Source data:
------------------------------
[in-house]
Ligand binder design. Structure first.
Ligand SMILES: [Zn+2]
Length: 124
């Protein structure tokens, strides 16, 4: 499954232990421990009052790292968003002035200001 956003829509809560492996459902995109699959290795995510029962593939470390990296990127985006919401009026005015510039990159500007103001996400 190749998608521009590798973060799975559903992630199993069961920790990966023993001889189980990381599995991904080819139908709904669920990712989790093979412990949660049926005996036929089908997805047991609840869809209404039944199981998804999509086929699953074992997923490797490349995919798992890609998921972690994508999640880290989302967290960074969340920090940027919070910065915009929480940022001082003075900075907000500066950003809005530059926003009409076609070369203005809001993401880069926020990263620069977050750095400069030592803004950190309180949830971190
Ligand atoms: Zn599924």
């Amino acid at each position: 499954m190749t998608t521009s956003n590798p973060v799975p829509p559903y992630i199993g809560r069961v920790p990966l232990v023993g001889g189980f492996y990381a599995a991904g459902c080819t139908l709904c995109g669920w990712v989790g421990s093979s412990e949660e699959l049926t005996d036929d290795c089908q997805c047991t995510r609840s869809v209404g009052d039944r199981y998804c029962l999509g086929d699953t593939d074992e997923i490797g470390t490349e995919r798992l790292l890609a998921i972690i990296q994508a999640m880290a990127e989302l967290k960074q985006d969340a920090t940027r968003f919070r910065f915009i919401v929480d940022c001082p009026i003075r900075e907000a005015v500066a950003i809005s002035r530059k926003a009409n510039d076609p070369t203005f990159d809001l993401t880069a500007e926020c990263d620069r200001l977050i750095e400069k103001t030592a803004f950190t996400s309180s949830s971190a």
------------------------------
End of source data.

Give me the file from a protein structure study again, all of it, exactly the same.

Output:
[in-house]
Ligand binder design. Structure first.
Ligand SMILES: [Zn+2]
Length: 124
């Protein structure tokens, strides 16, 4: 499954232990421990009052790292968003002035200001 956003829509809560492996459902995109699959290795995510029962593939470390990296990127985006919401009026005015510039990159500007103001996400 190749998608521009590798973060799975559903992630199993069961920790990966023993001889189980990381599995991904080819139908709904669920990712989790093979412990949660049926005996036929089908997805047991609840869809209404039944199981998804999509086929699953074992997923490797490349995919798992890609998921972690994508999640880290989302967290960074969340920090940027919070910065915009929480940022001082003075900075907000500066950003809005530059926003009409076609070369203005809001993401880069926020990263620069977050750095400069030592803004950190309180949830971190
Ligand atoms: Zn599924």
């Amino acid at each position: 499954m190749t998608t521009s956003n590798p973060v799975p829509p559903y992630i199993g809560r069961v920790p990966l232990v023993g001889g189980f492996y990381a599995a991904g459902c080819t139908l709904c995109g669920w990712v989790g421990s093979s412990e949660e699959l049926t005996d036929d290795c089908q997805c047991t995510r609840s869809v209404g009052d039944r199981y998804c029962l999509g086929d699953t593939d074992e997923i490797g470390t490349e995919r798992l790292l890609a998921i972690i990296q994508a999640m880290a990127e989302l967290k960074q985006d969340a920090t940027r968003f919070r910065f915009i919401v929480d940022c001082p009026i003075r900075e907000a005015v500066a950003i809005s002035r530059k926003a009409n510039d076609p070369t203005f990159d809001l993401t880069a500007e926020c990263d620069r200001l977050i750095e400069k103001t030592a803004f950190t996400s309180s949830s971190a």